John Jortin

(1698—1770) ecclesiastical historian and literary critic

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John Jortin was born in London on 23 October 1698 and died there, of bronchitis, on 5 September 1770. His father was a Huguenot exile and his mother was the daughter of an Anglican clergyman. He was educated at Charterhouse School and Jesus College, Cambridge, where he took his BA in 1719 and his MA in 1722. He was elected Fellow of Jesus in 1721 and in 1724 took holy orders. In 1731, he returned to London hoping to pursue a literary career, and there he remained for most of the rest of his life. Through the good offices of his friend Zachary Pearce, he was the beneficiary of well-endowed preferments; at the time of his death, he was a prebendary of St Paul's, rector of St Dunstan's-in-the-east, vicar of Kensington and Archdeacon of London. Archbishop Herring made him a DD in 1764.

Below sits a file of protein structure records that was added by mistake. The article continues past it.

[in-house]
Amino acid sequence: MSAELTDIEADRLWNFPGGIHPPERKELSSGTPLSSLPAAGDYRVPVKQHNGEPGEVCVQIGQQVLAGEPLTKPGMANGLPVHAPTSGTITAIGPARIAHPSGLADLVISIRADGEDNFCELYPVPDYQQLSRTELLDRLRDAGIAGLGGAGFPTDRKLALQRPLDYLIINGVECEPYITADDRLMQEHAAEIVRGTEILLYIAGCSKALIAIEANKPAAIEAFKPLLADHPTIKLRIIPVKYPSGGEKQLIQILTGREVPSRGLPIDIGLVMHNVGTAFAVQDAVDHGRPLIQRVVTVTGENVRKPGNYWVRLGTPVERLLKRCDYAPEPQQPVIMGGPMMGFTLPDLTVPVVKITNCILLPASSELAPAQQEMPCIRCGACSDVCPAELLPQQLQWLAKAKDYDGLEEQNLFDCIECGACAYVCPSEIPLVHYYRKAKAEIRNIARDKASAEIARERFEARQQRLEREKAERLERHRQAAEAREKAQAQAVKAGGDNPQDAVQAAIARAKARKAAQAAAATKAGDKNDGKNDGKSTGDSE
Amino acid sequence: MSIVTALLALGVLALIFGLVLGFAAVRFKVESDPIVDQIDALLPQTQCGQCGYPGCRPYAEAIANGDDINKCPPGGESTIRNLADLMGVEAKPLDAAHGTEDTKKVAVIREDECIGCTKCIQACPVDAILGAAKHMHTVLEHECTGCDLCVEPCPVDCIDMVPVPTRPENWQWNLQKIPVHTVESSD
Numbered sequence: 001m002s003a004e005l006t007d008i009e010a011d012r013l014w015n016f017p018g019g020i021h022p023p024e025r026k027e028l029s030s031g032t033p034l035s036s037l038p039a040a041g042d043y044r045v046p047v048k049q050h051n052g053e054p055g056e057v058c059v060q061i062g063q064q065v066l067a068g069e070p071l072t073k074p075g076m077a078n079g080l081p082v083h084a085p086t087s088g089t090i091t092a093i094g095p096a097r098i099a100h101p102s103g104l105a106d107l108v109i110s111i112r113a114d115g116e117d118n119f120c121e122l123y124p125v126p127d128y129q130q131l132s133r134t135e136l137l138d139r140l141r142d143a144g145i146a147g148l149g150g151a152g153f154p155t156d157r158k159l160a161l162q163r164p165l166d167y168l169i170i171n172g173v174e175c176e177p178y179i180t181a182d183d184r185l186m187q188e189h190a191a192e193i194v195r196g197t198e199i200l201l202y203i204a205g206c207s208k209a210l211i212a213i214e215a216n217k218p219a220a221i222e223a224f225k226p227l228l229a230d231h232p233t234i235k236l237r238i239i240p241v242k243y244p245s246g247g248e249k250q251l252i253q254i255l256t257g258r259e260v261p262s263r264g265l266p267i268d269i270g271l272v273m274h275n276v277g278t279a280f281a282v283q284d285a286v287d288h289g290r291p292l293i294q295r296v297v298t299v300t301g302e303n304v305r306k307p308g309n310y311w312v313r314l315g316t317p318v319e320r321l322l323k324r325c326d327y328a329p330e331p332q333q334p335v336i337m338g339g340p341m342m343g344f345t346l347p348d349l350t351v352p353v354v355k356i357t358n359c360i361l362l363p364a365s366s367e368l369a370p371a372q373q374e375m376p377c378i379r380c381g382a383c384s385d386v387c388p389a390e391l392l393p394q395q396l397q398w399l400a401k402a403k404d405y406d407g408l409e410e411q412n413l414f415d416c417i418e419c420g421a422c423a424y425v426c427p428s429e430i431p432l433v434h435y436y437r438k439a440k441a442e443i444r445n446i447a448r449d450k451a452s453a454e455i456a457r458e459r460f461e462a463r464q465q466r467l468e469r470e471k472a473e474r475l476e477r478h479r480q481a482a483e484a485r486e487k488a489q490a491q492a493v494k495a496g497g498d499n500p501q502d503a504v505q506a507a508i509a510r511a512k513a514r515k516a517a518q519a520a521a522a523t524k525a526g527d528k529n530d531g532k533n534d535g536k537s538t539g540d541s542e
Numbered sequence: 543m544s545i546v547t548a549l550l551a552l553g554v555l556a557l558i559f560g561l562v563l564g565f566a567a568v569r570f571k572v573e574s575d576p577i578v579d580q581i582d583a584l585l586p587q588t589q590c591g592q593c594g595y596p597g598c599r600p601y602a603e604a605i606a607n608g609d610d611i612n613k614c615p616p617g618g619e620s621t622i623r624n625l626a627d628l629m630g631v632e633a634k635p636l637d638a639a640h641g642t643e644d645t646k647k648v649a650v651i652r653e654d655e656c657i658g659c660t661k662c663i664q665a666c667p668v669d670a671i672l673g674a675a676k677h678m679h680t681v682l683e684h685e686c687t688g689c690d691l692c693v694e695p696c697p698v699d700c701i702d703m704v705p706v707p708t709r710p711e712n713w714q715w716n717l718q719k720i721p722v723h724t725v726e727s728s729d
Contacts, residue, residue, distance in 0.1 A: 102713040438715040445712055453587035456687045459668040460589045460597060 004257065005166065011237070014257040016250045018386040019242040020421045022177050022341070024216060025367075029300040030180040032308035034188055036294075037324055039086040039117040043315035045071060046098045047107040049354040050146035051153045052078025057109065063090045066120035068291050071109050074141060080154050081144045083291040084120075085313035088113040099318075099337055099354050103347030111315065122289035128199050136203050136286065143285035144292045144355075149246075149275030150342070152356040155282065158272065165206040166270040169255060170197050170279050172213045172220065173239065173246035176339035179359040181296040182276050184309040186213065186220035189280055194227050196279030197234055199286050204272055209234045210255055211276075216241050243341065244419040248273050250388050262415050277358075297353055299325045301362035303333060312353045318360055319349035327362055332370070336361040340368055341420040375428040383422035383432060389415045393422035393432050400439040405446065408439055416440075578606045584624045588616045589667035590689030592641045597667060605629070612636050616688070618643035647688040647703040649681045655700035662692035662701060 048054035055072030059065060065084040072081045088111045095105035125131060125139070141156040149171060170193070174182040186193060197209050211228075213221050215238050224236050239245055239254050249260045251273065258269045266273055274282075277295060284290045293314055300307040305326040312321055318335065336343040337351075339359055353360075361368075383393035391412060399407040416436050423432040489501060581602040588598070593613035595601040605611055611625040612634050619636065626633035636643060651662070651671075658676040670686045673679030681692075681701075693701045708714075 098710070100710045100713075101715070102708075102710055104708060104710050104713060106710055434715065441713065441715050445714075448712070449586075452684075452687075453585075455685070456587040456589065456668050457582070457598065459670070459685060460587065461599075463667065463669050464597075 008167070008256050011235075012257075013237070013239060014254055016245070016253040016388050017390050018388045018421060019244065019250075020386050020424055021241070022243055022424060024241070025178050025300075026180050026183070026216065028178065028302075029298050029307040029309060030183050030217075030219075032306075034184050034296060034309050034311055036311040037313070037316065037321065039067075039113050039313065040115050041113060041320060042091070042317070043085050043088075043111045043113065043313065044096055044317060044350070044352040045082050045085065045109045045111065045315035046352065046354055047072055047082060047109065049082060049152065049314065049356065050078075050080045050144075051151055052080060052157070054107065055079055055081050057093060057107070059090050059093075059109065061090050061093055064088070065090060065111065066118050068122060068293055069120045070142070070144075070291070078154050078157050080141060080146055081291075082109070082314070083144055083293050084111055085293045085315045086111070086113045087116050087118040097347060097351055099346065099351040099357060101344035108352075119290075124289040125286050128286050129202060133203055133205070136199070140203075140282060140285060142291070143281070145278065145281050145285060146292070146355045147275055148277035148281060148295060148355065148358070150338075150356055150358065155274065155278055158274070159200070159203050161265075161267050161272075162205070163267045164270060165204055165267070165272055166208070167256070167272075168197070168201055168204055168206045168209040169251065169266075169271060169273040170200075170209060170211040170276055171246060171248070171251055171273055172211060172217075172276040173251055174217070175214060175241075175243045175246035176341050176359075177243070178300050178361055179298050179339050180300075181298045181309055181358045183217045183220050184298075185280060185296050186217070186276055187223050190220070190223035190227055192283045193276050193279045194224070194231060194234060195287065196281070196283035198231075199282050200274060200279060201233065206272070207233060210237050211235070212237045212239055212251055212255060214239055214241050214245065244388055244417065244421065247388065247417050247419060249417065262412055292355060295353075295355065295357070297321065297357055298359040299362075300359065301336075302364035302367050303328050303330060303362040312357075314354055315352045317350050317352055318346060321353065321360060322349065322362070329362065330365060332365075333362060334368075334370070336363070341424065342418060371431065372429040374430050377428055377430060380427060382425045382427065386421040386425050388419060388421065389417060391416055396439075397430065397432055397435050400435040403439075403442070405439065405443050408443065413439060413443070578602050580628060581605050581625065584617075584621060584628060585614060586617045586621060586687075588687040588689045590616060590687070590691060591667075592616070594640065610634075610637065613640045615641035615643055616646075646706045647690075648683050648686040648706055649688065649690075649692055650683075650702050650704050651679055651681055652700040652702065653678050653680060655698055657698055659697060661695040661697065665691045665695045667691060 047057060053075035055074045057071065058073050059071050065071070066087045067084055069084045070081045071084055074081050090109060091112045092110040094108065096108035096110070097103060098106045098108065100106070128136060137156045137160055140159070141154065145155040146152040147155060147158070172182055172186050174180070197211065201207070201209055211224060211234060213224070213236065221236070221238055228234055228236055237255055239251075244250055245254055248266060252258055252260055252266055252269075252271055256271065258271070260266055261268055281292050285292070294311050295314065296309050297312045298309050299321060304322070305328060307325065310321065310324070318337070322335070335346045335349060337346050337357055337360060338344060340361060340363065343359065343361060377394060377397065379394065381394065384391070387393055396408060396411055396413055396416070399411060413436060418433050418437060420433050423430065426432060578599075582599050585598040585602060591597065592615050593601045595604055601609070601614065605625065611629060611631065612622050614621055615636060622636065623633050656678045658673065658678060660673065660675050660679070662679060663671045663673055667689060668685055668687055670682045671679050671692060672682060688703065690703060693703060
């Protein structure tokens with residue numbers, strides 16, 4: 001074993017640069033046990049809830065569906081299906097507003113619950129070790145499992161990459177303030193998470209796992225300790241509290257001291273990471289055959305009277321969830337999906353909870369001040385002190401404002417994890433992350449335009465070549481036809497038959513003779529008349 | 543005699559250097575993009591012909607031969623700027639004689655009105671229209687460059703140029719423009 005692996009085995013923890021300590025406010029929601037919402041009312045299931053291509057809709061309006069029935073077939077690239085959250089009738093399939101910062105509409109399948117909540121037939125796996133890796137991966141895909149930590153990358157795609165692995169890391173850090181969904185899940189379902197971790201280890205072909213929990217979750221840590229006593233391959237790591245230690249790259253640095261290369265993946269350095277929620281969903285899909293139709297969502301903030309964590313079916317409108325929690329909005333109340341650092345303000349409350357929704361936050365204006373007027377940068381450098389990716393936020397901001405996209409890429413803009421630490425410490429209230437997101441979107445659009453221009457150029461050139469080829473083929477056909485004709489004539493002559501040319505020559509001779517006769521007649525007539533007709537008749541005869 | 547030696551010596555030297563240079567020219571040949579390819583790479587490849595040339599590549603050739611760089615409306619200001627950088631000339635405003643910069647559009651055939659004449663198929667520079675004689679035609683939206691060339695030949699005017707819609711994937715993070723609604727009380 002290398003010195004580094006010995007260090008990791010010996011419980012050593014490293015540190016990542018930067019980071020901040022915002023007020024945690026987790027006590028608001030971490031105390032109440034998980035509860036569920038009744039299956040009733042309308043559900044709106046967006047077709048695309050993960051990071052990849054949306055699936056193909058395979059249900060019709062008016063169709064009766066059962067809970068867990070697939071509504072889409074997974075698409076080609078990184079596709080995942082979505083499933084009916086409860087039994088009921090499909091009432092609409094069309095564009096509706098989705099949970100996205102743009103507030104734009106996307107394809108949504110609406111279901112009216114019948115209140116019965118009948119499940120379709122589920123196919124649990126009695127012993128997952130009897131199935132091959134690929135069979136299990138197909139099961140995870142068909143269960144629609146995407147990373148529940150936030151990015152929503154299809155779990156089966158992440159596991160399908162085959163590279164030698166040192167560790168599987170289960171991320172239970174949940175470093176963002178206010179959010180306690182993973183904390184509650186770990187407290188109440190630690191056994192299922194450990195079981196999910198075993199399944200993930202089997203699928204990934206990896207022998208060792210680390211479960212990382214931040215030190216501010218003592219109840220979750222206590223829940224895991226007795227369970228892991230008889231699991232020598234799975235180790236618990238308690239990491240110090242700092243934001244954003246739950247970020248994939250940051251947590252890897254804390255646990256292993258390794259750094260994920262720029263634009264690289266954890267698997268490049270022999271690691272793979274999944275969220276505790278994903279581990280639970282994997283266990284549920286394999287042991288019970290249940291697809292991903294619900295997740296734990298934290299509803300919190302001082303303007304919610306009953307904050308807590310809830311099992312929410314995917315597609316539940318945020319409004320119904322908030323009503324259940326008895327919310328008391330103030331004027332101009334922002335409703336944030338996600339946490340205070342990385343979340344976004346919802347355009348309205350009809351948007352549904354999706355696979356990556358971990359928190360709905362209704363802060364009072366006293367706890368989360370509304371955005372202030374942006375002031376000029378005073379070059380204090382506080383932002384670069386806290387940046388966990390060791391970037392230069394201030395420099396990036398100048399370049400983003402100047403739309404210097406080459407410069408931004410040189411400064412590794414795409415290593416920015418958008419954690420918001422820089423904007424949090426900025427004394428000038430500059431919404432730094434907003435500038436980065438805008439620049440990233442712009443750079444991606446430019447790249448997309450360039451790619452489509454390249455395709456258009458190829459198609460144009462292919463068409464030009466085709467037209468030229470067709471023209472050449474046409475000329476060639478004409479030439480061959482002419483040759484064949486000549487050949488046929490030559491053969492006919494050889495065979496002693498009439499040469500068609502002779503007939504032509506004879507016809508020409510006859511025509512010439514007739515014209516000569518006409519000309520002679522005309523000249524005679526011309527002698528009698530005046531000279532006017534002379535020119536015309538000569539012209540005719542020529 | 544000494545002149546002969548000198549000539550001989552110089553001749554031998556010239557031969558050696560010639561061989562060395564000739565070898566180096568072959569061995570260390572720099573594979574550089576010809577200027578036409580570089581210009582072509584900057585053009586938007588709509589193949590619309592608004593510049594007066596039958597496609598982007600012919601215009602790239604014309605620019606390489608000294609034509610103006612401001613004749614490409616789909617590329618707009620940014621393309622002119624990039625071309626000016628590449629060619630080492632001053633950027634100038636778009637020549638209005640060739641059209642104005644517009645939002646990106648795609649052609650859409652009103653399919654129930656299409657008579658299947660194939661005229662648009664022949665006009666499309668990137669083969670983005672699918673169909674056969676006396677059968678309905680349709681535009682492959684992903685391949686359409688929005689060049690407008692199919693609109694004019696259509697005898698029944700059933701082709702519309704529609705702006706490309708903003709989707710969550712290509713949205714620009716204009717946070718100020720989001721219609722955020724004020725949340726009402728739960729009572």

From The Continuum Encyclopedia of British Philosophy in Oxford Reference.

Subjects: Philosophy.

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